- Support Groups
Facts you should know about narcissistic personality disorder
- Narcissistic personality disorder (NPD) is a mental disorder that is characterized by an established pattern of being fixated on oneself, permeating the thoughts, feelings, and actions of the sufferer, and their relationships with other people.
- People with NPD tend to alternate between feeling omnipotent and devalued.
- Narcissistic personality disorder occurs as often as in 6% of adults, more often in men than in women.
- Like most mental illness, narcissistic personality disorder tends to have biological, psychological, and environmental risk factors that contribute to its development.
- Narcissists demonstrate a pervasive pattern of the external appearance of having significantly inflated self-esteem, a need for admiration, and lack of empathy for others that begins by early adulthood and manifests in a number of different aspects of their life.
- While the primary treatment for narcissistic personality disorder is talk therapy rather than medication, medication may be appropriate to address some co-occurring symptoms.
- One of the major obstacles to a good prognosis for narcissistic individuals is their perception that other people are the cause of their problems rather than their own self-centered tendencies.
What is narcissistic personality disorder?
In order to understand narcissistic personality disorder, the concept of personality is important. As with normal personality, that of the person with narcissistic personality disorder (NPD) has a pervasive way of thinking, feeling, and interacting with other people that tends to be fairly established and fixed by the time the individual reaches adulthood. A narcissist is someone who has therefore established a long-standing pattern of being fixated on him- or herself that permeates their thoughts, feelings, actions, and relationships.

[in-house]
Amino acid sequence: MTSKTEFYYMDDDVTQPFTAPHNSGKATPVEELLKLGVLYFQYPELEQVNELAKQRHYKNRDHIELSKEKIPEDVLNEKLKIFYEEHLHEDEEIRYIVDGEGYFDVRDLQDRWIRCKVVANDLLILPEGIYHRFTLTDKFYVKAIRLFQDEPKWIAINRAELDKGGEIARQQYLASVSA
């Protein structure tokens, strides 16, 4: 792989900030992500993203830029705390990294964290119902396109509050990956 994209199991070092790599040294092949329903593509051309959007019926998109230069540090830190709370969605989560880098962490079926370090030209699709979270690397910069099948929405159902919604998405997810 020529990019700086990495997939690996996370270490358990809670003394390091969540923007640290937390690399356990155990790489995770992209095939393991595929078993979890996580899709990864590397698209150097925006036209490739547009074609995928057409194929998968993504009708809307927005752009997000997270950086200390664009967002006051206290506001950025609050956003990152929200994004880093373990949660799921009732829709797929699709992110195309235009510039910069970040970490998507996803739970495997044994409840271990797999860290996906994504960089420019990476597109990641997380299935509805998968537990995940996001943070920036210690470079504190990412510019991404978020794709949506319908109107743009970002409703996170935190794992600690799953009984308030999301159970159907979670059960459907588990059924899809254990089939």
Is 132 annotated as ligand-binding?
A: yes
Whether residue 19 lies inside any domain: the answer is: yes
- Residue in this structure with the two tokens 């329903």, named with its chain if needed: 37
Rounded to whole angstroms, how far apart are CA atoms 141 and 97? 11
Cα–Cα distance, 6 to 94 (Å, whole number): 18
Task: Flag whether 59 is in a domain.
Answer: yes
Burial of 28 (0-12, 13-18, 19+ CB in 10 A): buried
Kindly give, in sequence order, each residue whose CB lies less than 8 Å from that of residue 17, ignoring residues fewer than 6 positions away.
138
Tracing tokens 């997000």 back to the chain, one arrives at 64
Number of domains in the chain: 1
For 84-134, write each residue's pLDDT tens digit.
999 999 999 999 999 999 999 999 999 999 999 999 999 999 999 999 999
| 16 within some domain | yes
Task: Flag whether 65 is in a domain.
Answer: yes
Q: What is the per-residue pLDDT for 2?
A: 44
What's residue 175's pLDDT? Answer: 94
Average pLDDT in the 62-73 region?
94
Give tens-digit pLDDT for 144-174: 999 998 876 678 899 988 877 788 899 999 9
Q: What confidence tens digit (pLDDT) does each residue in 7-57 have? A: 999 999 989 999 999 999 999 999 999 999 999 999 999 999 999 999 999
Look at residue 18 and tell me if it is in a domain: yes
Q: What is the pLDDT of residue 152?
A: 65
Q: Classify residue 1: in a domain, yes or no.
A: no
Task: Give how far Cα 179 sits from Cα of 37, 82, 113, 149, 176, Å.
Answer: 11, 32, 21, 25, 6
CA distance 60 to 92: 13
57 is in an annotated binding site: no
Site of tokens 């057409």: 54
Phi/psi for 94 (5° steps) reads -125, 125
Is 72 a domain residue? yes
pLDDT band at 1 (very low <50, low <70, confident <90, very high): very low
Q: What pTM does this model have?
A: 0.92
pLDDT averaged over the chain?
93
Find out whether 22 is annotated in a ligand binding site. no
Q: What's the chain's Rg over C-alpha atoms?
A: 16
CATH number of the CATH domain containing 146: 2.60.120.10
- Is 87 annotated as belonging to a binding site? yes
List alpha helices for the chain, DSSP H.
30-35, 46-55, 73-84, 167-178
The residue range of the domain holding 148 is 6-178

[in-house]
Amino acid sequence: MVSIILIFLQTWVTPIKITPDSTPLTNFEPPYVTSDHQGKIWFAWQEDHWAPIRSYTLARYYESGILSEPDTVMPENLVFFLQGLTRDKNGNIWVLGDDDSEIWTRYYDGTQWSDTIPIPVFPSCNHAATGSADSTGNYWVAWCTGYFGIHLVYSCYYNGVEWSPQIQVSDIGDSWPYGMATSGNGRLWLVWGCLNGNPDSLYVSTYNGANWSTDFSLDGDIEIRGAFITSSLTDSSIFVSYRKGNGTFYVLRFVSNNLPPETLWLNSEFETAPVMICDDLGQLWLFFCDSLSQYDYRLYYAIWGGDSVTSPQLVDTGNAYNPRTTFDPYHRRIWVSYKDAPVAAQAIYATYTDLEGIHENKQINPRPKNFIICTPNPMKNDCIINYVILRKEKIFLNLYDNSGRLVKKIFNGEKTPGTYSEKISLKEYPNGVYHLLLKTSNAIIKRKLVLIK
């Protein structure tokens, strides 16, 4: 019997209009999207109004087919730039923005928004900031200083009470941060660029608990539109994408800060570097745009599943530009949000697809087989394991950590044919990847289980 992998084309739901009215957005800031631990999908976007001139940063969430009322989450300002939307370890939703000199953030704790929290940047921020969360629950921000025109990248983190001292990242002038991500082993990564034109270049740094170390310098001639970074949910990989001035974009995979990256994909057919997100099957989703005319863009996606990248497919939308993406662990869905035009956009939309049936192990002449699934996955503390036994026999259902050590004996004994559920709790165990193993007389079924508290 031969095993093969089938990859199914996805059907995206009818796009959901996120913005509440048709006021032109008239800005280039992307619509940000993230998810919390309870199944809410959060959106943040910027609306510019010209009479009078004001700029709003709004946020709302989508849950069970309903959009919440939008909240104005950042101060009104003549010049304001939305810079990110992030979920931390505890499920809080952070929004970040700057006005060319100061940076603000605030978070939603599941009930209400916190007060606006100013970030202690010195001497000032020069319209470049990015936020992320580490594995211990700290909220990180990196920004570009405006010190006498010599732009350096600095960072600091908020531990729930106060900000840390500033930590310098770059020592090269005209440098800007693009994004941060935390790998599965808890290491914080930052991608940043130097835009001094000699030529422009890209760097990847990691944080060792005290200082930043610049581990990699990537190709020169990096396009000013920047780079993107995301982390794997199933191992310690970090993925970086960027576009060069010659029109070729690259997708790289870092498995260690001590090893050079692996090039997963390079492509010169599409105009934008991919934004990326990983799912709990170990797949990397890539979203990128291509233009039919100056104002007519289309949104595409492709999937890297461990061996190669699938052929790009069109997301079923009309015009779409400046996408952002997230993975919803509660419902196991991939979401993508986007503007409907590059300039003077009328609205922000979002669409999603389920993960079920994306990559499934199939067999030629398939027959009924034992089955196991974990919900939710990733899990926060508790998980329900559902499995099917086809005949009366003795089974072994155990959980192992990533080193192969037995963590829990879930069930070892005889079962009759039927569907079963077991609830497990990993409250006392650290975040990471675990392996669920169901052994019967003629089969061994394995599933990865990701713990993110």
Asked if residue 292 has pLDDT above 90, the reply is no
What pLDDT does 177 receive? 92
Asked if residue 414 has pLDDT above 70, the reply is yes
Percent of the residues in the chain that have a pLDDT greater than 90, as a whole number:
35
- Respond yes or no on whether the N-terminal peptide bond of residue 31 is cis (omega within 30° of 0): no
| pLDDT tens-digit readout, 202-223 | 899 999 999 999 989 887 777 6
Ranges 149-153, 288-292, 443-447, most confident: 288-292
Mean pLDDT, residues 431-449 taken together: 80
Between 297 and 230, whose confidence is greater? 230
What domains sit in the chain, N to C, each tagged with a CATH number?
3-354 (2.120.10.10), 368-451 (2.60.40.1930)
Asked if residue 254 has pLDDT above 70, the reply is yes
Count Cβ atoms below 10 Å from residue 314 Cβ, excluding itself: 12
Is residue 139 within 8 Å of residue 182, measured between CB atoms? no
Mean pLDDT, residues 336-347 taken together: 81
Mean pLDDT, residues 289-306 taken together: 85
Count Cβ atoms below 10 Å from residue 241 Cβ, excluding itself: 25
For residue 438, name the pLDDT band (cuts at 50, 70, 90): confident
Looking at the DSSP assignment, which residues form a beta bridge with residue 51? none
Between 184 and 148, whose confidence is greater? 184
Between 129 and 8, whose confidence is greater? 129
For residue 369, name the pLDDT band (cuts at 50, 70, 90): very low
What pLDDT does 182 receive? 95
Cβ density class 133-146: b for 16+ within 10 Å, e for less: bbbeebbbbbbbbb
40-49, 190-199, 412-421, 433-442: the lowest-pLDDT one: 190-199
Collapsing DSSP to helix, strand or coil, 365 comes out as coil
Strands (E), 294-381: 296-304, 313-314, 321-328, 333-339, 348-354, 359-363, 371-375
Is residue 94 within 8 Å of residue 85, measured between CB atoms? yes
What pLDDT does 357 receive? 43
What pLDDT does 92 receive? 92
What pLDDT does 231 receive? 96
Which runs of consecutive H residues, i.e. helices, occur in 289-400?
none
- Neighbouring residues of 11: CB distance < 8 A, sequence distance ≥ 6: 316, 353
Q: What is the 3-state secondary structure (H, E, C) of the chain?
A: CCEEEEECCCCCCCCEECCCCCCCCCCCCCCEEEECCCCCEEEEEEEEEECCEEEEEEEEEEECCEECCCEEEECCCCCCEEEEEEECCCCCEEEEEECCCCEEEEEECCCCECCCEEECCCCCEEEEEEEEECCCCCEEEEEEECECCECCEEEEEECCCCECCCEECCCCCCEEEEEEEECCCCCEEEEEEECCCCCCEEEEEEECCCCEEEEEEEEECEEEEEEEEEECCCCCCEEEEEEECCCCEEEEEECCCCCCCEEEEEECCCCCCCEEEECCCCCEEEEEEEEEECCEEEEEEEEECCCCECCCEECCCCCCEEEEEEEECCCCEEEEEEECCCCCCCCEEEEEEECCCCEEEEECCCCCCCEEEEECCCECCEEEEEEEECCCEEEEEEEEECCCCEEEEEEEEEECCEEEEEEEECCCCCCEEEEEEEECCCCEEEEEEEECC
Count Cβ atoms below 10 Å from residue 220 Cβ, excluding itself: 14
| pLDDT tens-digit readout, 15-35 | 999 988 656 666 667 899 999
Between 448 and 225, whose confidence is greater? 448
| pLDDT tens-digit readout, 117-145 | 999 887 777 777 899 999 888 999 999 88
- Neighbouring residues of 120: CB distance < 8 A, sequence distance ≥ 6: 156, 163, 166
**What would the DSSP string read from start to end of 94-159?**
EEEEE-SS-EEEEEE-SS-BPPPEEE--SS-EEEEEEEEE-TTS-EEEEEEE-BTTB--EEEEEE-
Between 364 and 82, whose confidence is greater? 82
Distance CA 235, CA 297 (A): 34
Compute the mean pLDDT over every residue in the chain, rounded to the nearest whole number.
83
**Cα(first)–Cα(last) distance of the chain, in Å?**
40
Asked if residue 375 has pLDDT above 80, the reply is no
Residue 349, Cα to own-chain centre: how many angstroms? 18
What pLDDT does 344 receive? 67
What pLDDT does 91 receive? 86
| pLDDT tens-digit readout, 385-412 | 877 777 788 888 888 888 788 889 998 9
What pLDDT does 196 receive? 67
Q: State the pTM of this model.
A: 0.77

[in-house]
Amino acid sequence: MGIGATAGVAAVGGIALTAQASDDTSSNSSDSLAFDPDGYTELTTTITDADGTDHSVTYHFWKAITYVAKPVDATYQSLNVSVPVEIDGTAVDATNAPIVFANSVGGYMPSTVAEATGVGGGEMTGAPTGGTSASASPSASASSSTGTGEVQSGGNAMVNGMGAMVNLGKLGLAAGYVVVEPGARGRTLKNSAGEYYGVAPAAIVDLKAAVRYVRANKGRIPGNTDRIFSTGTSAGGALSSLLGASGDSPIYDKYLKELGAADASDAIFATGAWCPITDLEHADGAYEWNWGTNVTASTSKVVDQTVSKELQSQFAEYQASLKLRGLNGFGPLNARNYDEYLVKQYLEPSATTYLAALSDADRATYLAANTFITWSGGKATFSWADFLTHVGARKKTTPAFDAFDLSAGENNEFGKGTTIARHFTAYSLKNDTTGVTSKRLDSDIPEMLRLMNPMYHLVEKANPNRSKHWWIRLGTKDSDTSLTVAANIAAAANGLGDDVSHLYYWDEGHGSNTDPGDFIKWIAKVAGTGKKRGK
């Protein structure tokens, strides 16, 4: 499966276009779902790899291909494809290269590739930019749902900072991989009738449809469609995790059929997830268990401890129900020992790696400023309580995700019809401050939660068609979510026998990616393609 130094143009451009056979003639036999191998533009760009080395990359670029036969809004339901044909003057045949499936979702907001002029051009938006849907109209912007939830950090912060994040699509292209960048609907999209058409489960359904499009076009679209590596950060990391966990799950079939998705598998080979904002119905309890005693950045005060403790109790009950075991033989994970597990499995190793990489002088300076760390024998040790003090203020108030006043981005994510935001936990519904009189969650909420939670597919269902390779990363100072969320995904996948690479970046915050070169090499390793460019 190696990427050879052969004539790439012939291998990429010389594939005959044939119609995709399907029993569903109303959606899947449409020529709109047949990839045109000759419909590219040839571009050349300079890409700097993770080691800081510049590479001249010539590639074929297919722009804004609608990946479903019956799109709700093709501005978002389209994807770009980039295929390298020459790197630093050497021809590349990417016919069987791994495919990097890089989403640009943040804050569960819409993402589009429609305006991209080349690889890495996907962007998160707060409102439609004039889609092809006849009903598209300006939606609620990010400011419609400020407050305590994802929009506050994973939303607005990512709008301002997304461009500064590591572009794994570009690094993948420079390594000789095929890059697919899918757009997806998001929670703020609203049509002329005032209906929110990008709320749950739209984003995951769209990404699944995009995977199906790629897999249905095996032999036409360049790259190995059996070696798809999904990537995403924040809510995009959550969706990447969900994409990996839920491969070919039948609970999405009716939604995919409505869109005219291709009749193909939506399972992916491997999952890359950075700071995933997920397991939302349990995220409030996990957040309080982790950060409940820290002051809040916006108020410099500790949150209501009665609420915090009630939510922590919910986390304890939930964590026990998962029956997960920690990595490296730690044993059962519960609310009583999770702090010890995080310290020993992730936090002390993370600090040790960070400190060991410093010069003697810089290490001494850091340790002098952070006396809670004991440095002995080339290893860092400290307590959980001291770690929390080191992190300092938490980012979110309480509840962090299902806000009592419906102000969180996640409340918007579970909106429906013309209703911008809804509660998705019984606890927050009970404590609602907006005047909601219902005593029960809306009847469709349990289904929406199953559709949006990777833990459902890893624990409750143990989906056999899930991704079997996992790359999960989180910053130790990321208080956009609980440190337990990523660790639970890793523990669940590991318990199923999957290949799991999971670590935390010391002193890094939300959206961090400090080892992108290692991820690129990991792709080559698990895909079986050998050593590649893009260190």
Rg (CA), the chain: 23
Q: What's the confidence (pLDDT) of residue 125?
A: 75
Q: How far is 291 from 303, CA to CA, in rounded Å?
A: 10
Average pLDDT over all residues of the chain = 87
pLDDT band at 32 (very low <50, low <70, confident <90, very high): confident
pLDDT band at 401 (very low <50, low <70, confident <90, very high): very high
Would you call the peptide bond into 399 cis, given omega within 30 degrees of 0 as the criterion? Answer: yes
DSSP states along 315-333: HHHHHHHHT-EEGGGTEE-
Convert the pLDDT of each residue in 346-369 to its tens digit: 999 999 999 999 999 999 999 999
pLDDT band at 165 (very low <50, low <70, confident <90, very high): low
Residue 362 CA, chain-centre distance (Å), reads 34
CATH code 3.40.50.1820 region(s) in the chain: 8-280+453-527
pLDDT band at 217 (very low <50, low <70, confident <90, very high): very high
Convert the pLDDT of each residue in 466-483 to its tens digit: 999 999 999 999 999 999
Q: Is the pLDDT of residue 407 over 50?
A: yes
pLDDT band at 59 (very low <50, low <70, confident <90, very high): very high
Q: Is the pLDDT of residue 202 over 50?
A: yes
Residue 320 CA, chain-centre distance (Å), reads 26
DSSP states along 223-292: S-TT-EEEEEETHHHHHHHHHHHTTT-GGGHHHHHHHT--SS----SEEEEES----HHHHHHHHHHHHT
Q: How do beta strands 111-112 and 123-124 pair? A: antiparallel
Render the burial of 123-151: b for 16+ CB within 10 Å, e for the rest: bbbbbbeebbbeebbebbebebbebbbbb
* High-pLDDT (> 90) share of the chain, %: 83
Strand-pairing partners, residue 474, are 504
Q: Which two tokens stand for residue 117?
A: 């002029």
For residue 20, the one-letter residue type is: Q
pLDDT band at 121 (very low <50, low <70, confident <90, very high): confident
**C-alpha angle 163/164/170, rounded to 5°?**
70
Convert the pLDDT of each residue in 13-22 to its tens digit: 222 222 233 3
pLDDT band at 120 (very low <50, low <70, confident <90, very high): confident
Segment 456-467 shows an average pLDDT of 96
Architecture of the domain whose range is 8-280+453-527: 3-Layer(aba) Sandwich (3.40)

The word narcissism comes from the story of Narcissus, a hunter in Greek mythology well known for his beauty and for being completely in love with himself. His all-consuming self-love resulted in his eventual death, caused by his becoming so attracted to his own reflection in a pool that he was unable to stop staring at his image.
People with narcissism tend to interact with others and the world in general by distorting things such that they alternate between feeling omnipotent or devalued. Children of a narcissistic parent often feel like they are never good enough. Narcissistic personality disorder has an average occurrence rate of about 1% of the population occurs as often as in 6% of adults. Some research indicates that the incidence of NPD more than doubled from 1999 to 2009.
Medical professionals diagnose NPD more often in men than in women. It is also more often found in people who are involved with the court system compared to the public. Antisocial personality disorder is an illness that commonly co-occurs with narcissistic personality disorder.
What are causes and risk factors for narcissistic personality disorder?
As with most mental health disorders, narcissistic personality disorder does not have one single definitive cause. Rather, people with this illness tend to have biological, psychological, and environmental risk factors that contribute to its development. Biologically, narcissists have a tendency to have a smaller part of the brain that is related to having empathy for others.
Psychologically, individuals with narcissism tend to have trouble having opposing self-images of excessive admiration and devaluing in their minds and in their relationships. They are excessively emotionally sensitive.
Early psychoanalytic theory on the emotional motivations for the development of NPD focused on the relationship between mothers and sons. Specifically, medical professionals believed that men develop this disorder as the result of having an excessively close relationship with their mother that is contingent upon always doing what she wants, with a resulting paranoid fear of retaliation by their father and humiliation or abandonment by their mother. Since those early theories, the social risk factors for developing NPD have been expanded to include excessive admiration or neglect by either parent.
In addition to receiving excessive, unrealistic admiration, praise, and overindulgence, or excessive criticism for misbehavior during childhood, theories about other social risk factors of narcissistic personality disorder include emotional abuse, unpredictable parental care and parent-child interactions, as well as learning manipulation from caregivers.